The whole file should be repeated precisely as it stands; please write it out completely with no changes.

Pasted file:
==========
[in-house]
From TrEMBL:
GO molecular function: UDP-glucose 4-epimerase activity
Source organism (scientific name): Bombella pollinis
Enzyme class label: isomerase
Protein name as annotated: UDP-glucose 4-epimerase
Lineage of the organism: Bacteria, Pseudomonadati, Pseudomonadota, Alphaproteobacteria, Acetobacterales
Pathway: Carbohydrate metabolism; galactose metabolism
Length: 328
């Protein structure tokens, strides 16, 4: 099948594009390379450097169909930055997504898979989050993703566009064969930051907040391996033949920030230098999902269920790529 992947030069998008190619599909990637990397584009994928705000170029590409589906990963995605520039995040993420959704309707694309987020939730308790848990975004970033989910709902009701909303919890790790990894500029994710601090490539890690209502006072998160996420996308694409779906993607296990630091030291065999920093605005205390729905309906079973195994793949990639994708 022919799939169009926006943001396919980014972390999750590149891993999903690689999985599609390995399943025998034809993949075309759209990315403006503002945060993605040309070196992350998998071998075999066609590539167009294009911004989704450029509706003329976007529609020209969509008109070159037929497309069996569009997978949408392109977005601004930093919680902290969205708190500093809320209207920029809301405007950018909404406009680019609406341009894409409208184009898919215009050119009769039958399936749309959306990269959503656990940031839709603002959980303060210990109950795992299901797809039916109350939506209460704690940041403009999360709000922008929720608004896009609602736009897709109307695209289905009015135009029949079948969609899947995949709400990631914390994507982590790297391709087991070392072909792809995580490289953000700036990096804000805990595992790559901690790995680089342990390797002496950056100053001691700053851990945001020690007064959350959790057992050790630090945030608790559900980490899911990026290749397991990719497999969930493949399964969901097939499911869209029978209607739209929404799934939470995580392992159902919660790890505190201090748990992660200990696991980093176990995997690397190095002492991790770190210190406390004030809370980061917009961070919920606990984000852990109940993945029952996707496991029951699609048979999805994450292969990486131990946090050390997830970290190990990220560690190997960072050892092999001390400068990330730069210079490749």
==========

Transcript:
[in-house]
From TrEMBL:
GO molecular function: UDP-glucose 4-epimerase activity
Source organism (scientific name): Bombella pollinis
Enzyme class label: isomerase
Protein name as annotated: UDP-glucose 4-epimerase
Lineage of the organism: Bacteria, Pseudomonadati, Pseudomonadota, Alphaproteobacteria, Acetobacterales
Pathway: Carbohydrate metabolism; galactose metabolism
Length: 328
């Protein structure tokens, strides 16, 4: 099948594009390379450097169909930055997504898979989050993703566009064969930051907040391996033949920030230098999902269920790529 992947030069998008190619599909990637990397584009994928705000170029590409589906990963995605520039995040993420959704309707694309987020939730308790848990975004970033989910709902009701909303919890790790990894500029994710601090490539890690209502006072998160996420996308694409779906993607296990630091030291065999920093605005205390729905309906079973195994793949990639994708 022919799939169009926006943001396919980014972390999750590149891993999903690689999985599609390995399943025998034809993949075309759209990315403006503002945060993605040309070196992350998998071998075999066609590539167009294009911004989704450029509706003329976007529609020209969509008109070159037929497309069996569009997978949408392109977005601004930093919680902290969205708190500093809320209207920029809301405007950018909404406009680019609406341009894409409208184009898919215009050119009769039958399936749309959306990269959503656990940031839709603002959980303060210990109950795992299901797809039916109350939506209460704690940041403009999360709000922008929720608004896009609602736009897709109307695209289905009015135009029949079948969609899947995949709400990631914390994507982590790297391709087991070392072909792809995580490289953000700036990096804000805990595992790559901690790995680089342990390797002496950056100053001691700053851990945001020690007064959350959790057992050790630090945030608790559900980490899911990026290749397991990719497999969930493949399964969901097939499911869209029978209607739209929404799934939470995580392992159902919660790890505190201090748990992660200990696991980093176990995997690397190095002492991790770190210190406390004030809370980061917009961070919920606990984000852990109940993945029952996707496991029951699609048979999805994450292969990486131990946090050390997830970290190990990220560690190997960072050892092999001390400068990330730069210079490749």